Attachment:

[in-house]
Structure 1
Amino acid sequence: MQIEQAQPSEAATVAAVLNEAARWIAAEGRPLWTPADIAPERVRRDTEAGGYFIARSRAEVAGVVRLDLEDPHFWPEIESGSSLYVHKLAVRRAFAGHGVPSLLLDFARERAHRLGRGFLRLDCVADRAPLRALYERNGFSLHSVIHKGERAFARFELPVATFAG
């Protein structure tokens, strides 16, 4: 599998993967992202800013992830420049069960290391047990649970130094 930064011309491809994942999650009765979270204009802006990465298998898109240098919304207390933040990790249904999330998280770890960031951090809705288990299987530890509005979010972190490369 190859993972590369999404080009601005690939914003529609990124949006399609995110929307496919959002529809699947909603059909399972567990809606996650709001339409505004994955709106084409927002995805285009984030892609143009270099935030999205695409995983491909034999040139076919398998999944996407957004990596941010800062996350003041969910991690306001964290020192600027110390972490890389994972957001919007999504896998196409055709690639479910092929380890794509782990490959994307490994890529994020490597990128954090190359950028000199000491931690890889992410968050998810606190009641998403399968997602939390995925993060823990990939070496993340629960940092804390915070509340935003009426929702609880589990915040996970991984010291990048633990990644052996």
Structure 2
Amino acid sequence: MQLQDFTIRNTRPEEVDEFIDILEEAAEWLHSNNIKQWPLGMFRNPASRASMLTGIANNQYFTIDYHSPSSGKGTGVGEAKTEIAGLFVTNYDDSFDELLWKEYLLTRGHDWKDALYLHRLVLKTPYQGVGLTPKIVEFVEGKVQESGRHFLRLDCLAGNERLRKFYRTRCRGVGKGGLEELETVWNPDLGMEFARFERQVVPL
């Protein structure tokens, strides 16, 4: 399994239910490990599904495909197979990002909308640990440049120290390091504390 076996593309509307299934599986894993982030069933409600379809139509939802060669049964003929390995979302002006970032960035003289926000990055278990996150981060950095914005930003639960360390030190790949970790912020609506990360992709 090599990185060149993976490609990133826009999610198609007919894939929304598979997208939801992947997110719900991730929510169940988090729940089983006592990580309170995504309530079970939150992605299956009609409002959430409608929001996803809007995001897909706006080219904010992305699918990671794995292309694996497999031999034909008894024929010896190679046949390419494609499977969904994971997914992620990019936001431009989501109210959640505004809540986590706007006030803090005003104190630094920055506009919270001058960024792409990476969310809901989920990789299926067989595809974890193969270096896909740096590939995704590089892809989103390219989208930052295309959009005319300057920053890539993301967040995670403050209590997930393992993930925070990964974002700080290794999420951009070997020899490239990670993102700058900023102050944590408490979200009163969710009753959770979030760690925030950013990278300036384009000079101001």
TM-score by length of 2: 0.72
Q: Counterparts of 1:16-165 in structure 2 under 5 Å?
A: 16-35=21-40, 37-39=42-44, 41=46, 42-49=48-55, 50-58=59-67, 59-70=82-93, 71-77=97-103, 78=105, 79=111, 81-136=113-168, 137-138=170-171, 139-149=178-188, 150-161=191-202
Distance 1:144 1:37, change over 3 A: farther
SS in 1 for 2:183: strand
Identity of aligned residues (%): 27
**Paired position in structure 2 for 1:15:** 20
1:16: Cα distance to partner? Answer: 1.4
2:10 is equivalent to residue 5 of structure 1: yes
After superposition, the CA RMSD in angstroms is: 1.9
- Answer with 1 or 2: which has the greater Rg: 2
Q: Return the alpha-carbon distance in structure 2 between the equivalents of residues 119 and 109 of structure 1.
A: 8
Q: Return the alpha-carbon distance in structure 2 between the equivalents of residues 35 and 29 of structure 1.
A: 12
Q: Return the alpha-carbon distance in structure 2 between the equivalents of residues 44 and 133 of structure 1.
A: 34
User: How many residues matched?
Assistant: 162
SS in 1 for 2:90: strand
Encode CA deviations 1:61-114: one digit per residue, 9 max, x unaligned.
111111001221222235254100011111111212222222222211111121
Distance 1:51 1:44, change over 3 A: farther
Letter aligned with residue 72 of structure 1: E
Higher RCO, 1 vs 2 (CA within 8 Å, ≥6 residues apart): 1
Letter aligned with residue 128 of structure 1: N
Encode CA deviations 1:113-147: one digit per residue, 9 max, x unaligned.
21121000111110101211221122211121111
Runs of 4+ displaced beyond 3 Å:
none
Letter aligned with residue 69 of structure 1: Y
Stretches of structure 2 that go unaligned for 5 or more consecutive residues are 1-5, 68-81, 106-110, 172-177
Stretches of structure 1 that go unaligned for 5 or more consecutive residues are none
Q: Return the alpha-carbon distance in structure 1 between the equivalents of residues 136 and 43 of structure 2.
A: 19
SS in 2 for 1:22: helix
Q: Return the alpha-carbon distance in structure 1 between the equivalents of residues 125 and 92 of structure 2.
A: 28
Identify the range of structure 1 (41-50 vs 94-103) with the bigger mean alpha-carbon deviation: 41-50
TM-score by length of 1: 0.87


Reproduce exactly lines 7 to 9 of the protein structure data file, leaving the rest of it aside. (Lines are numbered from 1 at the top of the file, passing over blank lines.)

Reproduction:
């Protein structure tokens, strides 16, 4: 399994239910490990599904495909197979990002909308640990440049120290390091504390 076996593309509307299934599986894993982030069933409600379809139509939802060669049964003929390995979302002006970032960035003289926000990055278990996150981060950095914005930003639960360390030190790949970790912020609506990360992709 090599990185060149993976490609990133826009999610198609007919894939929304598979997208939801992947997110719900991730929510169940988090729940089983006592990580309170995504309530079970939150992605299956009609409002959430409608929001996803809007995001897909706006080219904010992305699918990671794995292309694996497999031999034909008894024929010896190679046949390419494609499977969904994971997914992620990019936001431009989501109210959640505004809540986590706007006030803090005003104190630094920055506009919270001058960024792409990476969310809901989920990789299926067989595809974890193969270096896909740096590939995704590089892809989103390219989208930052295309959009005319300057920053890539993301967040995670403050209590997930393992993930925070990964974002700080290794999420951009070997020899490239990670993102700058900023102050944590408490979200009163969710009753959770979030760690925030950013990278300036384009000079101001």
TM-score by length of 2: 0.72
Q: Counterparts of 1:16-165 in structure 2 under 5 Å?